Published: 9 February 2012

Top tips on making your organisation take notice of web analytics

Publiz Zone's Jonathon Simmons on how to ensure your whole organisation makes use of the great insight offered by web analytics,

How are analytics regarded in your organisation? Does your CEO know who was on your website this week? Does your campaigns manager ask what the most popular topics are in your Facebook groups? Does your fundraising director know how much time it takes to fill out your donation and membership forms?

If the answer to these questions is yes, then no need to read on.

Why are analytics so important? Put simply, they help you understand what thousands of people think about you. And perhaps, more importantly, what they want from you. We know that many web managers already understand this but the analytics and the great insights they give rarely get out into the organisation as a whole.

Most of our clients use Google Analytics, but they face a real challenge in sharing their findings in a digestible and relevant way. So how do you get the rest of the organisation to listen?

Here are a few quick and easy ideas on how to share data and insights in a useful way, to ensure the information you extract from your website about your users is not wasted.

1. Be relevant.

A page of graphs and phrases people do not understand, such as ‘bounce rate’, is easily ignored. But showing the head of information the top 10 search terms that website visitors have put into your search function will interest them. However, that information will probably not interest the person responsible for partnerships: they want to know which organisations send you the most traffic. The point is to consider who your audience is when presenting the insights and what information will be most useful to them.

2. Be personal.

If the information is about them then tell them. If you look at the most common search terms for an organisation, the names of people working within it will rank quite highly. For example, “Hannah. Did you know you come 19th in top search terms for our organisation?” Let people know if the article they have written has had many visitors or is linked to from elsewhere.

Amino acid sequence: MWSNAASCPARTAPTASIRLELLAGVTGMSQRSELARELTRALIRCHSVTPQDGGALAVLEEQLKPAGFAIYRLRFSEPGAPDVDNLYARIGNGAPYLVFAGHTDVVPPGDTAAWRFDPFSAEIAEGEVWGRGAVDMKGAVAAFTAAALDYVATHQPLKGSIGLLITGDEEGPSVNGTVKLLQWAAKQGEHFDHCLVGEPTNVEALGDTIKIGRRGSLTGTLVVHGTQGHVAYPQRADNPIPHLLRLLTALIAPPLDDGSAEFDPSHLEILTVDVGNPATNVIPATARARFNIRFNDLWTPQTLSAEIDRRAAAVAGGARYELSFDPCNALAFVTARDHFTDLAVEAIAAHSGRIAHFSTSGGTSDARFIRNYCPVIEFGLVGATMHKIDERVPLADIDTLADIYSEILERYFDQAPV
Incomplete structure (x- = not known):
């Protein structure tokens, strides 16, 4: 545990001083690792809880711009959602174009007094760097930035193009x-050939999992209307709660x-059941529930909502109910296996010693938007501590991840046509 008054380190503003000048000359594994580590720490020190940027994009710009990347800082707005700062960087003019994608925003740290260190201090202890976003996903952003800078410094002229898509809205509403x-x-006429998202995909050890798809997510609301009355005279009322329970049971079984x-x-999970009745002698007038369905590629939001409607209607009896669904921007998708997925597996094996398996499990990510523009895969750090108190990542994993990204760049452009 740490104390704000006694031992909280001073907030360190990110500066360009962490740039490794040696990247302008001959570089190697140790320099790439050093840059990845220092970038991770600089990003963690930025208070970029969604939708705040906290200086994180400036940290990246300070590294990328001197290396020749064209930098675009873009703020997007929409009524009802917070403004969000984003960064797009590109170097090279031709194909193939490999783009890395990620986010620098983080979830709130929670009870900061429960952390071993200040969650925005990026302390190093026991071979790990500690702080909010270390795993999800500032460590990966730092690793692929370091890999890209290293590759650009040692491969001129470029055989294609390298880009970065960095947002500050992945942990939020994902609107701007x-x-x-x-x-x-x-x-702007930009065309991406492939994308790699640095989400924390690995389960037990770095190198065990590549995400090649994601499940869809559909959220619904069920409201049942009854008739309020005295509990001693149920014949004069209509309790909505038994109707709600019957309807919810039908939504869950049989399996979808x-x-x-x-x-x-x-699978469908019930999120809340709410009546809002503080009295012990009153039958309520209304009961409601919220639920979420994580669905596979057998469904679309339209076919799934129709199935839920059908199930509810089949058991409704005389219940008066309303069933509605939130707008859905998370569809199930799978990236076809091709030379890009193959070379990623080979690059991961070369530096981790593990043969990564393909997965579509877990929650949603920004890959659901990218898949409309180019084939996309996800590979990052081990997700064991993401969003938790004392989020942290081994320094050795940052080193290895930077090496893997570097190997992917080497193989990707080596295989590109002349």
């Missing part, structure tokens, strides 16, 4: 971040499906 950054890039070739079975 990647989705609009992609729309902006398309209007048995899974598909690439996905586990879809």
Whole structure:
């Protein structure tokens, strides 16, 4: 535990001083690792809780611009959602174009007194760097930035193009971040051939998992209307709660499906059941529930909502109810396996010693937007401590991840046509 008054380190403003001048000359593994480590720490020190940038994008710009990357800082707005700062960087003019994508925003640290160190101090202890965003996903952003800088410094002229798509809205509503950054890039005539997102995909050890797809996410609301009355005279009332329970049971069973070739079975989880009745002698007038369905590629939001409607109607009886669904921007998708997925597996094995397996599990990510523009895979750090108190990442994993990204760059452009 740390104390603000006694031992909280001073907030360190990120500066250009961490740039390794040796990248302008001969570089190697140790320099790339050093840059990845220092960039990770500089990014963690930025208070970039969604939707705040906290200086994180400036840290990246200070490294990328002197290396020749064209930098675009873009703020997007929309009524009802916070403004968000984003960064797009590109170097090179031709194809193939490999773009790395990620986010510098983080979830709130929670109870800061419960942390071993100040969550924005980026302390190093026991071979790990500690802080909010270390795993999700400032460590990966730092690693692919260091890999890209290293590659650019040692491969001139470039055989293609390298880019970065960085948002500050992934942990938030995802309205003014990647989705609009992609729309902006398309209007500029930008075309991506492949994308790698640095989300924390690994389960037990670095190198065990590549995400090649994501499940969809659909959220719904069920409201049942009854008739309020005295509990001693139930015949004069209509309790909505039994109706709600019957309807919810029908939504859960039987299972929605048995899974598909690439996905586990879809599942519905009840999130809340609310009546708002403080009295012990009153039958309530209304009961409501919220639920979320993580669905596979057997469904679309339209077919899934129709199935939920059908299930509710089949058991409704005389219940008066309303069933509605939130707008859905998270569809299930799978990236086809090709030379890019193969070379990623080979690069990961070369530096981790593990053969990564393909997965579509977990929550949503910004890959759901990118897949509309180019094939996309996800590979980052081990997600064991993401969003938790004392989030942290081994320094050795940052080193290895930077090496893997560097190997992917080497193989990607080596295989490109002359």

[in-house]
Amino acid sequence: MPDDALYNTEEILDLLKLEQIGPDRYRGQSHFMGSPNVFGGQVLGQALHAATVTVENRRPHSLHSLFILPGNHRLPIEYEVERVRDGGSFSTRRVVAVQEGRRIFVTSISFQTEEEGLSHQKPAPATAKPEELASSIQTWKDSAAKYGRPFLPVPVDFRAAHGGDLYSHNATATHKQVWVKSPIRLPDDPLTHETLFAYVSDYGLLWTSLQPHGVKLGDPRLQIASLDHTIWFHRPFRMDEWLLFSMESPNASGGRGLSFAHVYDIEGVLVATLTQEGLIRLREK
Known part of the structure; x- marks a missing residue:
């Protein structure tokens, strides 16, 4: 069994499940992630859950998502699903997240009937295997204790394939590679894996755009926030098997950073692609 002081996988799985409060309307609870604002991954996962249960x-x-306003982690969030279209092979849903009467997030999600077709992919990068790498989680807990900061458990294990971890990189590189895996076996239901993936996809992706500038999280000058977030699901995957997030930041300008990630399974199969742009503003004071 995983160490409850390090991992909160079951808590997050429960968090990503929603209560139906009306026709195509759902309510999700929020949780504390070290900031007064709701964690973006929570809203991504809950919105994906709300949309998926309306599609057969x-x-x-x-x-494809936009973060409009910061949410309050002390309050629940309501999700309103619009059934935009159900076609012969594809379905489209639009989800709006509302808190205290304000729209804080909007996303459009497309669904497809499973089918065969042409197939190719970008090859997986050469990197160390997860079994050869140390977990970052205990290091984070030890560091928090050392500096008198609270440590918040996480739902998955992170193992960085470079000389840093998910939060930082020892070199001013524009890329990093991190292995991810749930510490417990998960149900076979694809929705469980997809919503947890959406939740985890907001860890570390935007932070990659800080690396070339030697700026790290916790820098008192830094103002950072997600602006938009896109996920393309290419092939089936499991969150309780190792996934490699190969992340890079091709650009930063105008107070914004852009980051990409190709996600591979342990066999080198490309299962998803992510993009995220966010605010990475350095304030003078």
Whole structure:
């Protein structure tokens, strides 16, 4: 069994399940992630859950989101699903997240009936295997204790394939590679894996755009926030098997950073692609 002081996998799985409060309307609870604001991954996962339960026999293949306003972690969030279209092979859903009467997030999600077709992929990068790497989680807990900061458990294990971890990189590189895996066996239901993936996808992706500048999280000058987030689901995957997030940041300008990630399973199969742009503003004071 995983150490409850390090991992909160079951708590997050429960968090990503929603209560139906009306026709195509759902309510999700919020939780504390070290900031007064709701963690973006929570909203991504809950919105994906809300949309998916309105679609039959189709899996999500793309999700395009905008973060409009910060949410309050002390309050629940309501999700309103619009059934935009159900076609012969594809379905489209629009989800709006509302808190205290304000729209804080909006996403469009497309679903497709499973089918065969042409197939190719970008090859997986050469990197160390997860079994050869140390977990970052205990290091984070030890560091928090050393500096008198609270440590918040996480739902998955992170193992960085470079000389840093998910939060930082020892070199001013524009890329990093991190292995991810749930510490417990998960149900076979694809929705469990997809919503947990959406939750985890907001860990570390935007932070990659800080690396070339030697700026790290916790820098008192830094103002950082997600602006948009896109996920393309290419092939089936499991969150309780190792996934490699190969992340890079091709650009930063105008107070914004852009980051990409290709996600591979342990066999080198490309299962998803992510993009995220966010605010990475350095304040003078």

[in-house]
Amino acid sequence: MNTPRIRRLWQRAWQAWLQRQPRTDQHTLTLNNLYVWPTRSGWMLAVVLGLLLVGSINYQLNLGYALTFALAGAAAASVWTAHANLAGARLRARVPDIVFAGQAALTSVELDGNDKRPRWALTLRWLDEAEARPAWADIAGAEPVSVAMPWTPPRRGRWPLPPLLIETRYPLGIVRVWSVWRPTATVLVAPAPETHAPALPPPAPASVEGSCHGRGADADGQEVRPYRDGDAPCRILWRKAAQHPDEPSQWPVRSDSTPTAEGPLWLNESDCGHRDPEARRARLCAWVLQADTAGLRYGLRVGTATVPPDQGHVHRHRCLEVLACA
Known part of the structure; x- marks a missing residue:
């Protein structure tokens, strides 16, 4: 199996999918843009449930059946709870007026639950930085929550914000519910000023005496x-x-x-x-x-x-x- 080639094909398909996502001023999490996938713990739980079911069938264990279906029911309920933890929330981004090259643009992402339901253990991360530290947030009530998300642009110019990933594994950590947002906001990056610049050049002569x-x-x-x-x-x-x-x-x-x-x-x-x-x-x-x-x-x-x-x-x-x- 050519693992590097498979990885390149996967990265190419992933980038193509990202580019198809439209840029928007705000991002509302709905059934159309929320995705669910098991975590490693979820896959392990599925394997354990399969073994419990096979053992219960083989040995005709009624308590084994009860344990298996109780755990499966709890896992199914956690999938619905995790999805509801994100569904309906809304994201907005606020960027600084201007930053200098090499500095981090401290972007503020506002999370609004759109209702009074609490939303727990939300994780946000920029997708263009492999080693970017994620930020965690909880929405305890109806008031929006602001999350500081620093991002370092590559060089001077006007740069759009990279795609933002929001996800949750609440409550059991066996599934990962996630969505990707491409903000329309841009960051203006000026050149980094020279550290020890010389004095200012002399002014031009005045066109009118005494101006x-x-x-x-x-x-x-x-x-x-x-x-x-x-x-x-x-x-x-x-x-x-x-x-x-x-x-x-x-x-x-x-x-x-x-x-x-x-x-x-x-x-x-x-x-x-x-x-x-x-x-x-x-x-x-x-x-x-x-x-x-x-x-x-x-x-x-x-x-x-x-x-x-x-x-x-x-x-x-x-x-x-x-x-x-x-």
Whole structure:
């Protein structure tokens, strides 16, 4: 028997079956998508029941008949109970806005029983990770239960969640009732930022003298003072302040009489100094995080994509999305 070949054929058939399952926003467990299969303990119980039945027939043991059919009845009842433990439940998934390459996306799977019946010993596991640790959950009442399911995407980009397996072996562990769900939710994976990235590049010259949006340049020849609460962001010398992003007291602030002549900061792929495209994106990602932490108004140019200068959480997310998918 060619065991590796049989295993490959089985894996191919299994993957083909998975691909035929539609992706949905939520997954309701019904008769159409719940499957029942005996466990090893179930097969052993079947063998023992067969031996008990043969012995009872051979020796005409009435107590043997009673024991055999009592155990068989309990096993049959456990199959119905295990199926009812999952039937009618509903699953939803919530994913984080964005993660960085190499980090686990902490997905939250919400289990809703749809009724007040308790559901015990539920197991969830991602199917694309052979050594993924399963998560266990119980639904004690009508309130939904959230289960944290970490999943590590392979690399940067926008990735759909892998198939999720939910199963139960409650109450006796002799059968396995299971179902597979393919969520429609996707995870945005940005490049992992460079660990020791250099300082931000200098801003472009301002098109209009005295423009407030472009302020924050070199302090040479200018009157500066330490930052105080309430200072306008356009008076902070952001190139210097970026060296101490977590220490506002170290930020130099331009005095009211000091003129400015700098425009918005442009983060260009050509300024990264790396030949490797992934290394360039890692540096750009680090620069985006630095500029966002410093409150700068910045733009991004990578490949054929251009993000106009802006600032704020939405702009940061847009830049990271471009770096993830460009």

3. Create context.

Ninety percent of our clients have business strategies. Often with five targets. Can you link your analytics to those targets? By doing so you are creating a meaningful context for the analytics. Setting up one indicator and sending out a monthly update against business targets will attract more attention than a page of meaningless numbers.

4. Create a reason to celebrate.

Set analytic targets and celebrate when you meet them. Following on from the business strategy point above, why not set your own public targets and involve everyone when you hit them? If you currently have 1,800 unique visits per month, why not aim for 2,500 and celebrate with the whole organisation when you reach it? After all, that’s an additional 700 people. Imagine if that many people turned up to an event.

5. Create constant visibility.

One of the issues we regularly encounter with not-for-profit organisations is that analytics are not visible. So the rest of the organisation cannot appreciate the insights they represent. Think about using your organisation’s communal spaces to present interesting snippets about analytics in order to keep people informed and engaged. It is amazing what a list of the top 10 pages visited pinned up in the kitchen can achieve.

6. Keep it short.

A quick fortnightly all-staff email update with one nugget of insight will prompt discussion. Avoid lots of statistics or charts – tell stories and ask for their thoughts.

7. Foster competition.

There is nothing wrong with a bit of competition! If the pages for one specific department are doing very well then tell everyone. People in the organisation can affect traffic to the website by publicising it via their various social media profiles. You can also encourage partners of your organisation to add links to your website. If your team really buys in to generating more traffic to their section of the website, you can encourage them to write search-friendly content. Creating a little competition may encourage them to do more. 


Jonathon Simmons, managing director, Public Zone